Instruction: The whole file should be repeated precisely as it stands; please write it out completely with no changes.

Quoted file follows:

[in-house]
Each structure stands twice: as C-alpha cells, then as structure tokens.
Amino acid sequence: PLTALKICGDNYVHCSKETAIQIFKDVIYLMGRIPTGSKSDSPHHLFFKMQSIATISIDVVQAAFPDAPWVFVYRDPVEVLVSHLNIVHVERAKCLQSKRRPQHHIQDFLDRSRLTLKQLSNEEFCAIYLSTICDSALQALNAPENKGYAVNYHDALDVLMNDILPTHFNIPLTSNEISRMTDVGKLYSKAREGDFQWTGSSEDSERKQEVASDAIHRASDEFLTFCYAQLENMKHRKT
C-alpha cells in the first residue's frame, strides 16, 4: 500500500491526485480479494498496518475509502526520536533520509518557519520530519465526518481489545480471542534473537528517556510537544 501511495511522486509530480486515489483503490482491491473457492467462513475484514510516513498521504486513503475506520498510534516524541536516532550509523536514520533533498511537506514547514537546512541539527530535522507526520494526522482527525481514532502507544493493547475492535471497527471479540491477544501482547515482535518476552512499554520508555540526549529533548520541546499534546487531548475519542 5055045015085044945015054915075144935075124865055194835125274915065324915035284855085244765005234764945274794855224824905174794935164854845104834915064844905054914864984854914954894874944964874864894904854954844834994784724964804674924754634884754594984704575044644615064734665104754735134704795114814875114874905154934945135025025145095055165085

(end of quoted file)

[in-house]
Each structure stands twice: as C-alpha cells, then as structure tokens.
Amino acid sequence: PLTALKICGDNYVHCSKETAIQIFKDVIYLMGRIPTGSKSDSPHHLFFKMQSIATISIDVVQAAFPDAPWVFVYRDPVEVLVSHLNIVHVERAKCLQSKRRPQHHIQDFLDRSRLTLKQLSNEEFCAIYLSTICDSALQALNAPENKGYAVNYHDALDVLMNDILPTHFNIPLTSNEISRMTDVGKLYSKAREGDFQWTGSSEDSERKQEVASDAIHRASDEFLTFCYAQLENMKHRKT
C-alpha cells in the first residue's frame, strides 16, 4: 500500500491526485480479494498496518475509502526520536533520509518557519520530519465526518481489545480471542534473537528517556510537544 501511495511522486509530480486515489483503490482491491473457492467462513475484514510516513498521504486513503475506520498510534516524541536516532550509523536514520533533498511537506514547514537546512541539527530535522507526520494526522482527525481514532502507544493493547475492535471497527471479540491477544501482547515482535518476552512499554520508555540526549529533548520541546499534546487531548475519542 5055045015085044945015054915075144935075124865055194835125274915065324915035284855085244765005234764945274794855224824905174794935164854845104834915064844905054914864984854914954894874944964874864894904854954844834994784724964804674924754634884754594984704575044644615064734665104754735134704795114814875114874905154934945135025025145095055165085